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You want to create a Web Site Mascot?

How to Create a Web Site Mascot
In this tutorial, we are going to learn,how to developed a character from the initial brief through to the final site mascot and then to go on to create several poses for different parts of the site.
This character was originally made for an Envato site which didn’t take off, and the artwork wasn’t being used. Let’s check out the process of making this website mascot and learn loads of tips along the way!

1. Introduction
Character and mascot design are nothing new and have been around for a long time, but with the advent of the internet it has seen somewhat of a renaissance. On the net we are faced with a daily barrage of information, data and imagery. The use of a site mascot can be an effective way to cut through this information overload and connect with the viewer on an emotional level. Mascots and characters can be used as part of a logo, or independently, but the advantage they have over a logo alone is that they have character and a personality all of their own.

Adobe Illustrator has been used to create the mascot using its most basic of tools and functions, and for that reason the development and workflow involved in this tutorial. Hopefully this will give you an insight into character creation and will assist you to create your very own mascots.

2.Character Freebie
For added inspiration and as a bonus you are getting  the opportunity todownload the original files for your own use, which is a super freebie. See the download file for further usage information. The character is available in both AI and EPS formats.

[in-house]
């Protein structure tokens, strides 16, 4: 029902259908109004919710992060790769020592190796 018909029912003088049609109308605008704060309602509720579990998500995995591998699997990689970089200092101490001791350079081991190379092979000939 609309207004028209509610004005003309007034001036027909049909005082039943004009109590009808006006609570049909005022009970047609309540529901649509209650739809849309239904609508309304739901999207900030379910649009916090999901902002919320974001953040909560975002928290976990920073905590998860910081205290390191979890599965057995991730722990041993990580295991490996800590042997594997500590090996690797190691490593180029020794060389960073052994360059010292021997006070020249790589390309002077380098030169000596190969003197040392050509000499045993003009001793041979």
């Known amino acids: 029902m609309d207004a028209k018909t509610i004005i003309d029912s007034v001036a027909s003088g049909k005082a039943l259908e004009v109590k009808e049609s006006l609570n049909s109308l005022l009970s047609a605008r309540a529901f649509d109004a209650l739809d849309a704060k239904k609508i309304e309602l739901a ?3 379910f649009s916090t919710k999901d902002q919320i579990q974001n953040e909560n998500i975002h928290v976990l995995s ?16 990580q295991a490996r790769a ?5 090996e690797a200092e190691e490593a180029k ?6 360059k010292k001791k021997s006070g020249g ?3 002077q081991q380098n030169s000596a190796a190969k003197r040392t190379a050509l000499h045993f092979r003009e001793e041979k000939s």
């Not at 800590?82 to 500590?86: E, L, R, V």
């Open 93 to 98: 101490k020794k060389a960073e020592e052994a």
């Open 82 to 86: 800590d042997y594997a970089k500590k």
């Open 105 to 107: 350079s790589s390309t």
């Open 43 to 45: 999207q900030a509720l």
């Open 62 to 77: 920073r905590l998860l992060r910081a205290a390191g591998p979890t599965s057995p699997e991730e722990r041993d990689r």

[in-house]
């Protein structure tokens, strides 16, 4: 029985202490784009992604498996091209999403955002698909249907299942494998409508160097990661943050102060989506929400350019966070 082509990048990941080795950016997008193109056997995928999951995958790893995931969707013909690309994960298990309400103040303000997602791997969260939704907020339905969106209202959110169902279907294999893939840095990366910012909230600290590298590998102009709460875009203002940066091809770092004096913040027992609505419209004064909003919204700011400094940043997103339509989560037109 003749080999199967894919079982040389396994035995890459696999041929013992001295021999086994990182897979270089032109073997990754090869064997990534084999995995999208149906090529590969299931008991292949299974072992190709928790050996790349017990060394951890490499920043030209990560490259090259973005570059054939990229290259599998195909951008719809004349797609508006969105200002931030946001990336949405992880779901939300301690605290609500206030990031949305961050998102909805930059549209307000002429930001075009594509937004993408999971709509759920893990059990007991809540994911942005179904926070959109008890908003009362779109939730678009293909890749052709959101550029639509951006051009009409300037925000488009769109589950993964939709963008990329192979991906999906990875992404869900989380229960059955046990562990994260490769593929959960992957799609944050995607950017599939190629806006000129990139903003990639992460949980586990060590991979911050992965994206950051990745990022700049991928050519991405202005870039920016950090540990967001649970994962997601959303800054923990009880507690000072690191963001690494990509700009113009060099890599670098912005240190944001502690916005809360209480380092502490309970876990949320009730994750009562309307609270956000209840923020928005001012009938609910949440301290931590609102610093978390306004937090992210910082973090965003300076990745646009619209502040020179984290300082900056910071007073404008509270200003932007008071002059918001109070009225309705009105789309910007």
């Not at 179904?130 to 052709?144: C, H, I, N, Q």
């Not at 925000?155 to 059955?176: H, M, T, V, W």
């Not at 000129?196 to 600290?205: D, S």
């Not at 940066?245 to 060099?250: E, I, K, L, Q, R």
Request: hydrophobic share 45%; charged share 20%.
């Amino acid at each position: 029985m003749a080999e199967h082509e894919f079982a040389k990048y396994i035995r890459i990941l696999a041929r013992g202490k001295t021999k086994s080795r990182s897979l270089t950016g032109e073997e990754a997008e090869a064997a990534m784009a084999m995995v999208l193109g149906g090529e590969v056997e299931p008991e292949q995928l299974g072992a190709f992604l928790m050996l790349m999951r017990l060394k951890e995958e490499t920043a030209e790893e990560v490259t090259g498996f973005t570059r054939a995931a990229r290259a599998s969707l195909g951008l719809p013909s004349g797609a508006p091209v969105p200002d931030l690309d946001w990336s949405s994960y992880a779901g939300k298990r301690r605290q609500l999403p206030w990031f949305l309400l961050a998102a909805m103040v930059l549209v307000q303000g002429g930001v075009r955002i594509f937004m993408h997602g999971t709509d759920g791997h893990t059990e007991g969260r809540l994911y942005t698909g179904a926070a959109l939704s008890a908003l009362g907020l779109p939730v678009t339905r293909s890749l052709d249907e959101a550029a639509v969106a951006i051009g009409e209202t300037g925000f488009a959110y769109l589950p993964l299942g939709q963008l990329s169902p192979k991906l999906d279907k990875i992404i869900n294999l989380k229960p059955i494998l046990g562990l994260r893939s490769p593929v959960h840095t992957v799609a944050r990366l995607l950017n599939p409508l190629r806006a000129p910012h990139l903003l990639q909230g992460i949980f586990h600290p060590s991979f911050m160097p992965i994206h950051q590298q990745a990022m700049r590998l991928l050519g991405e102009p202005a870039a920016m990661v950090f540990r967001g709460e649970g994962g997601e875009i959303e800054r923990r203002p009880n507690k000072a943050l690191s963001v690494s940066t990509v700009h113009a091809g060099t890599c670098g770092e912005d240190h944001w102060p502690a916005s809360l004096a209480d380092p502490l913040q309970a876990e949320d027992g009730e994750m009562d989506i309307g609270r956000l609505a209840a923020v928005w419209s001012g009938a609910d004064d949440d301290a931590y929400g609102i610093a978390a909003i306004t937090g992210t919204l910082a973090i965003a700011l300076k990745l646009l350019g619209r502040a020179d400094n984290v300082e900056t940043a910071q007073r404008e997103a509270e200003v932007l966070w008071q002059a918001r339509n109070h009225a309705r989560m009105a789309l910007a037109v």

3.The Brief

The character was originally based on an actual Envato project.A positive, friendly disposition and appeal to all age groups.To appear professional but still casual. Also, he needs to fit in with the site’s color scheme you want to make, to be able to incorporate the character into the page layout easily.
4.Before starting the tutorial, Here are a Few Things to Keep in Mind

By their nature site mascots are for use on the web. Remember to set your file to RGB.

As mentioned in The Brief, the character must be able to fit into the color scheme of the site. With a human mascot this can be done by using the clothing and hair to match or accent the site. With an animal or a fictitious creation you have much more flexibility.
Give careful consideration to the target audience, the image, and the site. Let’s look at some more tips as well.


Is the character to be integrated alongside a logo or header? If so the canvas is usually a wide strip and using a tall upright figure can lead to it looking lost and the facial features diminishing. So what can be done about this?

Make the characters height as close to it’s width as possible.

6.Cropping the Image

By cropping the upper part of the body and concentrating on the most important features, you can save valuable space and increase the mascots impact. You can also see how the more condensed character lends itself much better to the format of the header.

7.The Dynamics of the Image or Depth of Field